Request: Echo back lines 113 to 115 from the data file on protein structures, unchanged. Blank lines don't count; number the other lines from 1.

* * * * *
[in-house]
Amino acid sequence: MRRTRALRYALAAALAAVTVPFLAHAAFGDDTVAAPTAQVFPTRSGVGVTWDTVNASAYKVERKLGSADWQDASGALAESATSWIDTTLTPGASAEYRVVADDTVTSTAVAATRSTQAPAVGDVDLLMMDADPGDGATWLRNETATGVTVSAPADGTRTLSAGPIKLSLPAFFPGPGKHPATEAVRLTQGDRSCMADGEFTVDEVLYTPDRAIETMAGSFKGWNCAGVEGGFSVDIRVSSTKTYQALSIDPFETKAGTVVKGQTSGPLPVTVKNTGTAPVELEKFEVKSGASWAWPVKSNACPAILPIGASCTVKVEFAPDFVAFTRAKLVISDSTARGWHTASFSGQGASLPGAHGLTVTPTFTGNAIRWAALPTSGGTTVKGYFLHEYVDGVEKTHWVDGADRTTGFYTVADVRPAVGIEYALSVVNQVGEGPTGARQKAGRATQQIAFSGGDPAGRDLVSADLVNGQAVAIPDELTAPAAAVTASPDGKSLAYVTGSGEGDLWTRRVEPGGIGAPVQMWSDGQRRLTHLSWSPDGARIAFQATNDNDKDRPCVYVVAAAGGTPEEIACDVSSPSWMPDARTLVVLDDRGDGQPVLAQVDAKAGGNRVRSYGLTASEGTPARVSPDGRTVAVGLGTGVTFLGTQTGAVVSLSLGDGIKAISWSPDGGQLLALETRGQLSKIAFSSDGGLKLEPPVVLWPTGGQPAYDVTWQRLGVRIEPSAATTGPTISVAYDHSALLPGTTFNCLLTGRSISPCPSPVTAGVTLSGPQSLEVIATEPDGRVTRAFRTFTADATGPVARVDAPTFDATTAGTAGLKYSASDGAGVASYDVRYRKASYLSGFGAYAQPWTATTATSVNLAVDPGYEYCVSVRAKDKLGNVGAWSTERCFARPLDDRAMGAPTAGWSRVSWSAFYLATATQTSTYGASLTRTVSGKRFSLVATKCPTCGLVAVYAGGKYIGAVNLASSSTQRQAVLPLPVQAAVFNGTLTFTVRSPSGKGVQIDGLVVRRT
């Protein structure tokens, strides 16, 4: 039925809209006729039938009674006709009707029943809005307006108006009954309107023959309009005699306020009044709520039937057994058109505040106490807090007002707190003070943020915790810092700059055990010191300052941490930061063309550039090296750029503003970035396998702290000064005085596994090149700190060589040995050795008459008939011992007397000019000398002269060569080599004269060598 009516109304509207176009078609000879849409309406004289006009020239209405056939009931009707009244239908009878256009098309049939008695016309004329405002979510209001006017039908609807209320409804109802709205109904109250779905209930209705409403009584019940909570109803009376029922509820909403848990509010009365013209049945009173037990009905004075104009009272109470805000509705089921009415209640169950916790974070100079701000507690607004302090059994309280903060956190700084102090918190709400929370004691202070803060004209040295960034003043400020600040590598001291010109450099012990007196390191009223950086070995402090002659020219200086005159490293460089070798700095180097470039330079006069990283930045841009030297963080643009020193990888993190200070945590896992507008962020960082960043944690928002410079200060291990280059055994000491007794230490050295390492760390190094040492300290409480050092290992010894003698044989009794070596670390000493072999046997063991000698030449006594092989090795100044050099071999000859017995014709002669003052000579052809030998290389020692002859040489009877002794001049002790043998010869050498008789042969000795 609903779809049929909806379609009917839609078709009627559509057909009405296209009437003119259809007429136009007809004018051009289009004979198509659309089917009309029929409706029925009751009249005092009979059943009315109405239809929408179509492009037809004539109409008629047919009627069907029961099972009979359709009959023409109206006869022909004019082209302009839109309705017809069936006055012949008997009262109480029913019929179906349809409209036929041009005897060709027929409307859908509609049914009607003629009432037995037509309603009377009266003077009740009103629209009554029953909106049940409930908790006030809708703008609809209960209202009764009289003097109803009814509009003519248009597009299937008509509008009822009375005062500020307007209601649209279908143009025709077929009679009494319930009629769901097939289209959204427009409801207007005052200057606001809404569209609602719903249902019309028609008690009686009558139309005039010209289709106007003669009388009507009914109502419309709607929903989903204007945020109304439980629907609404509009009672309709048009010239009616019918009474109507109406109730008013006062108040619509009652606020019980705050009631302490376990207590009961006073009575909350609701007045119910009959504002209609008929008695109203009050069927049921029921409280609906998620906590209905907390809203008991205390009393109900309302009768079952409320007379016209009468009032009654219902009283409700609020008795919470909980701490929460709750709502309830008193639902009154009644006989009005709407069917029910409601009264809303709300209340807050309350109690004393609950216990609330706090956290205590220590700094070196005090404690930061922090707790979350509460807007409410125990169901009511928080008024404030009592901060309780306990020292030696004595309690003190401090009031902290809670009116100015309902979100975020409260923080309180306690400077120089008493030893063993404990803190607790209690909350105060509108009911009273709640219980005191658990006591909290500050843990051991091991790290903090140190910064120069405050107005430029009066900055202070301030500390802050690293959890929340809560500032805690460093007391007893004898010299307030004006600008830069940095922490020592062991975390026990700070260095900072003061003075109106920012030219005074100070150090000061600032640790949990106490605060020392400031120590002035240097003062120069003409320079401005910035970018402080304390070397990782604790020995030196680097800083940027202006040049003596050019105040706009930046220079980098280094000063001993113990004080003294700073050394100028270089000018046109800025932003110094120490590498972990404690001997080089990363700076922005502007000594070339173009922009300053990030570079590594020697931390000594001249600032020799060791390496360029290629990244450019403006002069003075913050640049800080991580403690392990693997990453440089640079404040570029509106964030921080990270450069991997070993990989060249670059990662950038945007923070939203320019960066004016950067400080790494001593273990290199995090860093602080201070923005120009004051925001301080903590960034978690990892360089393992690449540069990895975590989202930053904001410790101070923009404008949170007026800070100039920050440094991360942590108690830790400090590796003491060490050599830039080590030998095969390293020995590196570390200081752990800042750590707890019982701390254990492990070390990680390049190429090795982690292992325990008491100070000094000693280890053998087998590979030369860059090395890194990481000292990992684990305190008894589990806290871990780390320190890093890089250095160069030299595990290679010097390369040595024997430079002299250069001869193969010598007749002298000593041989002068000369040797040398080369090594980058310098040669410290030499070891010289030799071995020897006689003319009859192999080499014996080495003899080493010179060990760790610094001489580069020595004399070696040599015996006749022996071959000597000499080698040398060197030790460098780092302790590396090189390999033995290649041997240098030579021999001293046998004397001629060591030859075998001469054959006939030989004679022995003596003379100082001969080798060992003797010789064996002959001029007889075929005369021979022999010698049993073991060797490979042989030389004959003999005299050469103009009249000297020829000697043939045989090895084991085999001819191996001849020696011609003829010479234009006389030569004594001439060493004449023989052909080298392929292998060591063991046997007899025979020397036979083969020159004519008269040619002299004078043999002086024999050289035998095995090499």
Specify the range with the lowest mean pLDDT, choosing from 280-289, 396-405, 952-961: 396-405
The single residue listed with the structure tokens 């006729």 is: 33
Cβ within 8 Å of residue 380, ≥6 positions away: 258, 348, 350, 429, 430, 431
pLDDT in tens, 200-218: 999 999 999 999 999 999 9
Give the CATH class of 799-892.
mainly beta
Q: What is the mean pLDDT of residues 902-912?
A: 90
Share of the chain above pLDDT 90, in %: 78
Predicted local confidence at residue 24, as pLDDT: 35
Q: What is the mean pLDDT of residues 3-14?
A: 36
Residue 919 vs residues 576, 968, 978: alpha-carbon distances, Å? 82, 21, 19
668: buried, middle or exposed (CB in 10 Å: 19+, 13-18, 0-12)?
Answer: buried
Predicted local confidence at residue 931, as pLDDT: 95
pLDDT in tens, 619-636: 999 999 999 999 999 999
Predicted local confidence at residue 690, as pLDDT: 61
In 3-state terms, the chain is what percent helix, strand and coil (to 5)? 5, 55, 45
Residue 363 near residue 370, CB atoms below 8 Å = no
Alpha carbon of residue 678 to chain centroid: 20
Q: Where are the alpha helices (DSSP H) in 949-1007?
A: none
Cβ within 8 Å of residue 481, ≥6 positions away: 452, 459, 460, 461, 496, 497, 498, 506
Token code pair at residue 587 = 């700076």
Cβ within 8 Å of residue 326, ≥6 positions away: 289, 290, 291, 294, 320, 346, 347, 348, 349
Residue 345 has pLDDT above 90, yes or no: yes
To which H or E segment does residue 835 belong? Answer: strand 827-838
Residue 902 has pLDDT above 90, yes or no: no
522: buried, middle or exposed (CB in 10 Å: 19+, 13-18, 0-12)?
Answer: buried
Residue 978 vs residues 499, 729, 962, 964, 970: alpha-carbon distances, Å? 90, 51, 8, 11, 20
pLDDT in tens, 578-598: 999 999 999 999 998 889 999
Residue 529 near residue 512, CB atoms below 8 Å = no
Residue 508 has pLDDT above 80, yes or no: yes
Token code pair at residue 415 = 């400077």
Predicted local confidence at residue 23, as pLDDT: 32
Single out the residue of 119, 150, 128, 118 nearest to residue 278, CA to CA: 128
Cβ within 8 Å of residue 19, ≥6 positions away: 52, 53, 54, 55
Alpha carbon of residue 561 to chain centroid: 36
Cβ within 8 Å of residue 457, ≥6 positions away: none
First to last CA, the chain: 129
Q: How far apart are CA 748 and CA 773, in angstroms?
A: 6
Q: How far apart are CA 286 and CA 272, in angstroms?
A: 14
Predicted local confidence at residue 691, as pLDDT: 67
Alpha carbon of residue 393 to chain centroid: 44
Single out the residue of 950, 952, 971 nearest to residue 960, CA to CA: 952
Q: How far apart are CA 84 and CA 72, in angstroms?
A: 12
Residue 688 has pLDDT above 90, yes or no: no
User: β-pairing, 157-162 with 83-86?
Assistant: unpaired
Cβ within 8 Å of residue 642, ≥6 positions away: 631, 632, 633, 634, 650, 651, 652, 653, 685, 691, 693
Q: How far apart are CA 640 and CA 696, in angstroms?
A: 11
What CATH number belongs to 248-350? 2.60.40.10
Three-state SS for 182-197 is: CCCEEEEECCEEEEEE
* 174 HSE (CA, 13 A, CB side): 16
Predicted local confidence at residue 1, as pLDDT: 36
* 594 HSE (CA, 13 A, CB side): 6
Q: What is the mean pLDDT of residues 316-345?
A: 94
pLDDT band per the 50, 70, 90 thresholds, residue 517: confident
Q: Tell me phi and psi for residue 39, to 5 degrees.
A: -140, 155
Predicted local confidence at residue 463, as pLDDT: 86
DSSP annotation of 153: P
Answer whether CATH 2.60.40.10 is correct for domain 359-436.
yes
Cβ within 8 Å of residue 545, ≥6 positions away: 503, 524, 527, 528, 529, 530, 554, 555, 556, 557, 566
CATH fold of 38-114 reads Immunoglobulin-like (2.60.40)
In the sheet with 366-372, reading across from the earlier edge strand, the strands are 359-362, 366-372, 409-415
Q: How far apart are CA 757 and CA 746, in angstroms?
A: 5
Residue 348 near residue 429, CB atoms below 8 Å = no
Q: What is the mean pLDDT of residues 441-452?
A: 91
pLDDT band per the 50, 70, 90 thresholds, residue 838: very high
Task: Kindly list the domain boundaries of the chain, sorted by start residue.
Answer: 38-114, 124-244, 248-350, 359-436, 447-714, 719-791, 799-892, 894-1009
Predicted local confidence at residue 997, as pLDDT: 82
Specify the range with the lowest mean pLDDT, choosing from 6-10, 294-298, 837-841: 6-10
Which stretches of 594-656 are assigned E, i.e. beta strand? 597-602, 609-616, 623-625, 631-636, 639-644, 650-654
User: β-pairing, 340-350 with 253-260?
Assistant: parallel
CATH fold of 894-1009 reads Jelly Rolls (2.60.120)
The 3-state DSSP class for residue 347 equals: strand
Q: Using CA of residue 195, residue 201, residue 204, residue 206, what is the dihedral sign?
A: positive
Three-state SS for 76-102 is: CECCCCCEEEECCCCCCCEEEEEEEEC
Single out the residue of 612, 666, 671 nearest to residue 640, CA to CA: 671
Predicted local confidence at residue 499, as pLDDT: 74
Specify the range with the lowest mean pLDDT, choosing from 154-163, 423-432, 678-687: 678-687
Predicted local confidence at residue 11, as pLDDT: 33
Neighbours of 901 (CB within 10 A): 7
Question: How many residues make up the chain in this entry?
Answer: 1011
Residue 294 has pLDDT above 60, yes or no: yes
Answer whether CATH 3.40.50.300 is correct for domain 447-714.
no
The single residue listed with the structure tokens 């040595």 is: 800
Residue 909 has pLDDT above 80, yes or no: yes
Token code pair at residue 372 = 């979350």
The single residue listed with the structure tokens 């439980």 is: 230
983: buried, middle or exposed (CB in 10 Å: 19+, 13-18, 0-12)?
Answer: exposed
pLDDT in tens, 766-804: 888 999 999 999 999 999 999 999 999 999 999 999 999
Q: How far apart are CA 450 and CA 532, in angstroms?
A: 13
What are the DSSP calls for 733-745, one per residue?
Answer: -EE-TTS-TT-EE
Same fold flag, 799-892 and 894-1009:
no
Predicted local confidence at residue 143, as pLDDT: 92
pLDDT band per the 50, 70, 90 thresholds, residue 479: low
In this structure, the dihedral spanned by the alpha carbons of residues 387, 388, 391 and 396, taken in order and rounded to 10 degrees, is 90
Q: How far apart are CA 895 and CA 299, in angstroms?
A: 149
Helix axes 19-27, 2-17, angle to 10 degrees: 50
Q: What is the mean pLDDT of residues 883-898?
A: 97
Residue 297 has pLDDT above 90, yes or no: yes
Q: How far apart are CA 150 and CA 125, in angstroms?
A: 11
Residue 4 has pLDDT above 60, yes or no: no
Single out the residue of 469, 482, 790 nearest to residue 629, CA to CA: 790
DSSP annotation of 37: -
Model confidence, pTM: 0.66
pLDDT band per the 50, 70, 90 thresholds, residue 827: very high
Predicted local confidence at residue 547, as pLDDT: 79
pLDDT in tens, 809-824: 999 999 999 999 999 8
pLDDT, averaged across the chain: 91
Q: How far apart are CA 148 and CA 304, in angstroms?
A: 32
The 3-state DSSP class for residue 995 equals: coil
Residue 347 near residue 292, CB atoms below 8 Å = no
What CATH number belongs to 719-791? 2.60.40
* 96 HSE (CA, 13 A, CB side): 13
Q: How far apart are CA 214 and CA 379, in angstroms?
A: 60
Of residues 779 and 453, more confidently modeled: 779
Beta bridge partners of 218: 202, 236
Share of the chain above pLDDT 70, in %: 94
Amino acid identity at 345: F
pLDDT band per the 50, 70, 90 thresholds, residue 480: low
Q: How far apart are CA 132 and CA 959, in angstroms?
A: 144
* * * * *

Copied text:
Q: How far apart are CA 450 and CA 532, in angstroms?
A: 13
What are the DSSP calls for 733-745, one per residue?